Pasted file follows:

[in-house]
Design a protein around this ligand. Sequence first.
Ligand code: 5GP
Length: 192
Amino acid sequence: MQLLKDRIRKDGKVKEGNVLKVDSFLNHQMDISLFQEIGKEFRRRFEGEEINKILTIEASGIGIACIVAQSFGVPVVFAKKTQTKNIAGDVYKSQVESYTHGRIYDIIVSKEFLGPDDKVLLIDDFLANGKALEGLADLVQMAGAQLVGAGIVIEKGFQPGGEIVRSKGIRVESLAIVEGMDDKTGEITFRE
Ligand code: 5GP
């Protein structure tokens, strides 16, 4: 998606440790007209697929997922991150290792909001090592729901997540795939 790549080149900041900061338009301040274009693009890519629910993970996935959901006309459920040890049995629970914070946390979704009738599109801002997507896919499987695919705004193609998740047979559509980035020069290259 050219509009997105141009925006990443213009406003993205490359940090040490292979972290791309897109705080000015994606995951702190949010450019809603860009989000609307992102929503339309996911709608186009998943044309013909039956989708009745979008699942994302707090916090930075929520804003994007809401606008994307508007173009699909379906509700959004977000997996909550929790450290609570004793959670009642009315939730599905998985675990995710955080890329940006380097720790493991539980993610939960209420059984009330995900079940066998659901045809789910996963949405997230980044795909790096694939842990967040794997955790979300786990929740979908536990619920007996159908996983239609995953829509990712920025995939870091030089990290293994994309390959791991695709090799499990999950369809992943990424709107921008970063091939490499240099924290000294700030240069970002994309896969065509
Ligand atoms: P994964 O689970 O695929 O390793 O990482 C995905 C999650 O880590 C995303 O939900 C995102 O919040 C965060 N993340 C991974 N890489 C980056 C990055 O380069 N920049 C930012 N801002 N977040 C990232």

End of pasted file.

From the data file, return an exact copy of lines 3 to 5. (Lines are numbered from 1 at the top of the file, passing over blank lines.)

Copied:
Ligand code: 5GP
Length: 192
Amino acid sequence: MQLLKDRIRKDGKVKEGNVLKVDSFLNHQMDISLFQEIGKEFRRRFEGEEINKILTIEASGIGIACIVAQSFGVPVVFAKKTQTKNIAGDVYKSQVESYTHGRIYDIIVSKEFLGPDDKVLLIDDFLANGKALEGLADLVQMAGAQLVGAGIVIEKGFQPGGEIVRSKGIRVESLAIVEGMDDKTGEITFRE